Customers urged to wash possessions after Skripal poisoning

Patrons at The Mill pub and Zizzi Italian restaurant have been urged to wash their clothes and other possessions after traces of the nerve agent that hospitalized former Russian double agent Sergei Skripal and his daughter Yulia Skripal were found on the properties. Photo by Neil Hall/EPA

March 12 (UPI) — Customers at a restaurant and pub in England were urged to wash their clothes and other belongings Sunday after traces of a nerve agent that hospitalized a former Russian spy and his daughter were detected.

England’s chief medical officer, Sally Davies, advised customers who visited talian restaurant Zizzi or The Mill pub from 1:30 p.m. March 4 to the evening of March 5 to clean their clothes and any possessions they had with them at the time.

“We have now learned that there has been some trace contamination by the nerve agent in both The Mill pub and Zizzi restaurant in Salisbury,” Davies said.

Sergei Skripal, a 66-year-old former Russian double agent, and his daughter, Yulia Skripal, 33, were found slumped on a bench last Sunday in Salisbury, England, after being exposed to an unknown substance.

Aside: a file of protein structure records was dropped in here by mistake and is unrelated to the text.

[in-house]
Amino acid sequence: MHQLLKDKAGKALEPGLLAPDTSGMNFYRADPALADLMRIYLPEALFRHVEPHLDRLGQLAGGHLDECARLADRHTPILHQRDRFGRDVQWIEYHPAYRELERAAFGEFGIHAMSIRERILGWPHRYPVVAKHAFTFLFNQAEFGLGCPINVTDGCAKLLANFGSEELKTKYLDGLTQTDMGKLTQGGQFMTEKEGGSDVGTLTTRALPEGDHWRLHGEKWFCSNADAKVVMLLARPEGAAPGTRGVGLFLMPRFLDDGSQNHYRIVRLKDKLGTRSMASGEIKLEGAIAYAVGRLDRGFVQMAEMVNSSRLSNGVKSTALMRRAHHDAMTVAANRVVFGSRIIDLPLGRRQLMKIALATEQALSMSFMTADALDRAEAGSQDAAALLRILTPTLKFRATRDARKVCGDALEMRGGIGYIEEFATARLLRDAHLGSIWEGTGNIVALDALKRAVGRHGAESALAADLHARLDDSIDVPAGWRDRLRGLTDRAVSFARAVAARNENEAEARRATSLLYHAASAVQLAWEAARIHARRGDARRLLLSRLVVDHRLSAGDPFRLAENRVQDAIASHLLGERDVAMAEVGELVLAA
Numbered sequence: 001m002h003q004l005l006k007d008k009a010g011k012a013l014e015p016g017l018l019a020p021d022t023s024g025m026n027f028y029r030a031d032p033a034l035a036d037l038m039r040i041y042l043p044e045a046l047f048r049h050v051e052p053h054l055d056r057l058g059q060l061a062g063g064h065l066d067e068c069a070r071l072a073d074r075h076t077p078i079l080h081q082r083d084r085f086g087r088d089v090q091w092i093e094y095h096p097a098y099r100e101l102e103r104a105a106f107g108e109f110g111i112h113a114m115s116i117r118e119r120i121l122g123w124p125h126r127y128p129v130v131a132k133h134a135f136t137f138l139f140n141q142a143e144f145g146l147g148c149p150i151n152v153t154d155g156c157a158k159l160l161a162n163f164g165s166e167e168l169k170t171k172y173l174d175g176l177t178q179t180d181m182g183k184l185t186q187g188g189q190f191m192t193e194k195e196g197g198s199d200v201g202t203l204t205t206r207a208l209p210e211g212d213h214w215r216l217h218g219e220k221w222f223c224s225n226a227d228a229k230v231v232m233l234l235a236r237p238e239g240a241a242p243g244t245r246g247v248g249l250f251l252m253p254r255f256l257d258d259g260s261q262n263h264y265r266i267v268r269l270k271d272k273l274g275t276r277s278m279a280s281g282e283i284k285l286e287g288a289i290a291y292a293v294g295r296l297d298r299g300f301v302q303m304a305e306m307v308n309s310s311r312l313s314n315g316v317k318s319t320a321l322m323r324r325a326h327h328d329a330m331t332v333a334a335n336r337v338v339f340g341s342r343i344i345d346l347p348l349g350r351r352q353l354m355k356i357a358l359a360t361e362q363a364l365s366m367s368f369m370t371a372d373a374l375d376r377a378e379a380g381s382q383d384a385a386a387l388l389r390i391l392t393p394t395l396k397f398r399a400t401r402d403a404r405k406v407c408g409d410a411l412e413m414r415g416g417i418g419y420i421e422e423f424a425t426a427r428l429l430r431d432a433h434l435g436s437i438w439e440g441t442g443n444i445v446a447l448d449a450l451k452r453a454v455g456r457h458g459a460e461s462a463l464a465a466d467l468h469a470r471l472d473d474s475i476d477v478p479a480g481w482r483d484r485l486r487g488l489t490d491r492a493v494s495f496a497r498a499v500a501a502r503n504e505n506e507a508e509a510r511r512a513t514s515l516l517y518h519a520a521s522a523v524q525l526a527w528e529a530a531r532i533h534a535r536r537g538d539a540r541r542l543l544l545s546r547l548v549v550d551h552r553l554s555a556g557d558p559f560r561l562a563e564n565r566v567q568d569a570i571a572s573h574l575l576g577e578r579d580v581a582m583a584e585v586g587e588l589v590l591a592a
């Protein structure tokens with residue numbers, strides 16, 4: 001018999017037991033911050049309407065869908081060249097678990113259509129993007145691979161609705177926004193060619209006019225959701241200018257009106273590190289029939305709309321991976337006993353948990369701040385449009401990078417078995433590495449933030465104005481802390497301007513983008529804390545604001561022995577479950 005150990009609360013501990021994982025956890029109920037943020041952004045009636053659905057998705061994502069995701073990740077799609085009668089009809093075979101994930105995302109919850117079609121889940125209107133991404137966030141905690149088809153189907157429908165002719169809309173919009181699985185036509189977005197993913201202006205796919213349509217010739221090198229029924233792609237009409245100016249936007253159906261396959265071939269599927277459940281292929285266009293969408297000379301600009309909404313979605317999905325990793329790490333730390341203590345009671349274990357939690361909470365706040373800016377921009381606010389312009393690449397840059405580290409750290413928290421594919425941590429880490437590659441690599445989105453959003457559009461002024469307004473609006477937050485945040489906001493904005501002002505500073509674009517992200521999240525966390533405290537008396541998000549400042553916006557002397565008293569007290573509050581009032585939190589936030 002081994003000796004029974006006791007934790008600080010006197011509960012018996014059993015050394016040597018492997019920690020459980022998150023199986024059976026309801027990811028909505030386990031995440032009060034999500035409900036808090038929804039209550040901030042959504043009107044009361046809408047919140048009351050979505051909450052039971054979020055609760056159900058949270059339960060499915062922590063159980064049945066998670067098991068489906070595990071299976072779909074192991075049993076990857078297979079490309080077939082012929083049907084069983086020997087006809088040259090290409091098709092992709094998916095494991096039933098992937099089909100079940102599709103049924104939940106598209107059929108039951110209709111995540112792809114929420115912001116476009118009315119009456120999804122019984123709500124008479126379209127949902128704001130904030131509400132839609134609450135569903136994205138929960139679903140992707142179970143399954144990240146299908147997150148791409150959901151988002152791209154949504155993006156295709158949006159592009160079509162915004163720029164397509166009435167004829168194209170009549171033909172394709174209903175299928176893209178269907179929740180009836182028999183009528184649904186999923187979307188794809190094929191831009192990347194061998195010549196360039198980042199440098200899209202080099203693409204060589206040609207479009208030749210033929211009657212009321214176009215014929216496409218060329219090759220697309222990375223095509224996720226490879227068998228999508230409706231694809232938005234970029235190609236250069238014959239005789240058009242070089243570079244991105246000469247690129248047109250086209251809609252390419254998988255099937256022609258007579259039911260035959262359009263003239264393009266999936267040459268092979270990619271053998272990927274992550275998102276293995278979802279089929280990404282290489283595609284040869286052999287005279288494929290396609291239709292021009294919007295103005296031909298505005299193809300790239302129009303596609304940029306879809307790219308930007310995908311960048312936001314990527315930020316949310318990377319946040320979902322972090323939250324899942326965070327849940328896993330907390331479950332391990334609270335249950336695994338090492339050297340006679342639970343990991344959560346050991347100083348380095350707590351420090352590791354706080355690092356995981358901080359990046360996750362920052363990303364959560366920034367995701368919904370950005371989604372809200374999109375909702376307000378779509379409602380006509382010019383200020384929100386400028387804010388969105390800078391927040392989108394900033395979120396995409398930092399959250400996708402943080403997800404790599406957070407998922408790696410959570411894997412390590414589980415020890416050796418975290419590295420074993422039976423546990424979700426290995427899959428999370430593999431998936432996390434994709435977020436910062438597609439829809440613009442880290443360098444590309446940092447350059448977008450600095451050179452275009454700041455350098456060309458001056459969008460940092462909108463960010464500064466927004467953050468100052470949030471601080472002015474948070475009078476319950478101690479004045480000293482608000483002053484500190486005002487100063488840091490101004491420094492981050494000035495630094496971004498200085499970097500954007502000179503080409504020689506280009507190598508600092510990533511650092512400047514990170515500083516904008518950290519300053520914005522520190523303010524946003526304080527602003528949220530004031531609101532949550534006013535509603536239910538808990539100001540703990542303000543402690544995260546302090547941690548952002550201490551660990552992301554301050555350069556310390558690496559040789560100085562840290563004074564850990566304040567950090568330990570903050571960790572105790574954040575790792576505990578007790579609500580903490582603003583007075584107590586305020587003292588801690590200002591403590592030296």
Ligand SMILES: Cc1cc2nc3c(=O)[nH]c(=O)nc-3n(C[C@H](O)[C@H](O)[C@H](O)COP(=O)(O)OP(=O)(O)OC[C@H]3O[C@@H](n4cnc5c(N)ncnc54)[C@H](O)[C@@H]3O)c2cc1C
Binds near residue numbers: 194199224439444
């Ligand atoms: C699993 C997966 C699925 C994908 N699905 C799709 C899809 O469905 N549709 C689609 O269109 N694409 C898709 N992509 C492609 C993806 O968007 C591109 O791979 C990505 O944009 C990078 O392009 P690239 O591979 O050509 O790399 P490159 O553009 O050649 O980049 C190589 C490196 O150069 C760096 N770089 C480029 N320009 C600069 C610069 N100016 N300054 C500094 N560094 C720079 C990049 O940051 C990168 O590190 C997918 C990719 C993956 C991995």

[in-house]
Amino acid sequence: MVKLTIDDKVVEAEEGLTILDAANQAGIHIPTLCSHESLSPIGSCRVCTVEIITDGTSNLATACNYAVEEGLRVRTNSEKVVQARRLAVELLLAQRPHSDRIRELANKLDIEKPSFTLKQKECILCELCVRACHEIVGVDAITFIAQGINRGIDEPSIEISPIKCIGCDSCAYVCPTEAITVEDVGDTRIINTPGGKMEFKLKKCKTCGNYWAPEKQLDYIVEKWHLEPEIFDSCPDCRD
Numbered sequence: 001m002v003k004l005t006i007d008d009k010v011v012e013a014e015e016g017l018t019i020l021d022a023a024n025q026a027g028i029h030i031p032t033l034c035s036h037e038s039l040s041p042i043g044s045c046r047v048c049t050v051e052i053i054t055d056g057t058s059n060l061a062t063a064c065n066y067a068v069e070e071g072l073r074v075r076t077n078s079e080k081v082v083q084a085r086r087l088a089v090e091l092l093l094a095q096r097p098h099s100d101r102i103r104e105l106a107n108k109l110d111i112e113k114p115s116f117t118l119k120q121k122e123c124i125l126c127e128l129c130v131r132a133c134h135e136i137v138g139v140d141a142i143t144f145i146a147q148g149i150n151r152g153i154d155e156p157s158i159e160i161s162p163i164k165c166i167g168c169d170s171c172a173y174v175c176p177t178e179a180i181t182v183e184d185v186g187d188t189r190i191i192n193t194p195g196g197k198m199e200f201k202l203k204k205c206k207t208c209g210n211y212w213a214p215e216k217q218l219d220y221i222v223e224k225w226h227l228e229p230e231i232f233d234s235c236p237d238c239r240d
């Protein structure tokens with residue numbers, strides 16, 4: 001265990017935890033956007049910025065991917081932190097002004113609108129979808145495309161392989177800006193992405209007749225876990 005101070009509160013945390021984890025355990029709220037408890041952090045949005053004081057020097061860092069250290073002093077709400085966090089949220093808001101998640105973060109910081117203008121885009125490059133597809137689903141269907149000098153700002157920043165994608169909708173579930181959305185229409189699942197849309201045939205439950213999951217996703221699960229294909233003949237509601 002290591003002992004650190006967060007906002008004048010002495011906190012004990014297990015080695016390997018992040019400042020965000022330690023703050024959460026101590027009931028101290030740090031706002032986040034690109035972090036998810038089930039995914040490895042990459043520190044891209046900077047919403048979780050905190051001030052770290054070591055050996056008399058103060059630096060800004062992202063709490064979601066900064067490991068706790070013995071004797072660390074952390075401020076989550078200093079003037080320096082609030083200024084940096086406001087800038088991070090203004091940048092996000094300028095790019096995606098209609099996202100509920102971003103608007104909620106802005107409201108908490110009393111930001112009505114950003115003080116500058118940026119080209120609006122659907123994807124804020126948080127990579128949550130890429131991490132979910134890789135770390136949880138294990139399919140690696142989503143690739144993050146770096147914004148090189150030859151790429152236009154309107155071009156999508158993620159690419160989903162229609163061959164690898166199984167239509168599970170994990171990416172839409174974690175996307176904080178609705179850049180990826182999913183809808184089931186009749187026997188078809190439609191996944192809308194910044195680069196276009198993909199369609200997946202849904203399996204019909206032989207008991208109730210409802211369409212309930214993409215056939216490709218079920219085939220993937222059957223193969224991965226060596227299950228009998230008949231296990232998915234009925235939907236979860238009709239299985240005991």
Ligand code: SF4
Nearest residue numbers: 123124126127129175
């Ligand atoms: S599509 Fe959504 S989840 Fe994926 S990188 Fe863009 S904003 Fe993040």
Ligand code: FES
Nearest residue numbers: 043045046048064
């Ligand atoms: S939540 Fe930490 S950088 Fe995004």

Both remain in a hospital in critical condition. Detective Sgt. Nick Bailey, who responded to the scene, was also hospitalized in serious condition.

The table where the pair ate at Zizzi was removed and destroyed along with other items, and scientists advised it could take weeks for the restaurant to reopen.

Davies recommended that clothes should be washed in a washing machine or double bagged in plastic until further notice; also cellphones, handbags and other electronic items should be wiped with baby wipes, which should be bagged in plastic and thrown out and other items such as jewelry should be washed with warm water and detergent. Hands should also be washed after handling any potentially contaminated items.

She said the advice was a “belt and braces” measure, and after “rigorous scientific analysis” there was concern prolonged exposure over weeks and months could cause health problems, but the risk of harm to fellow diners was “low.”

“I am confident none of these customers or staff will have suffered harm,” Davies said.


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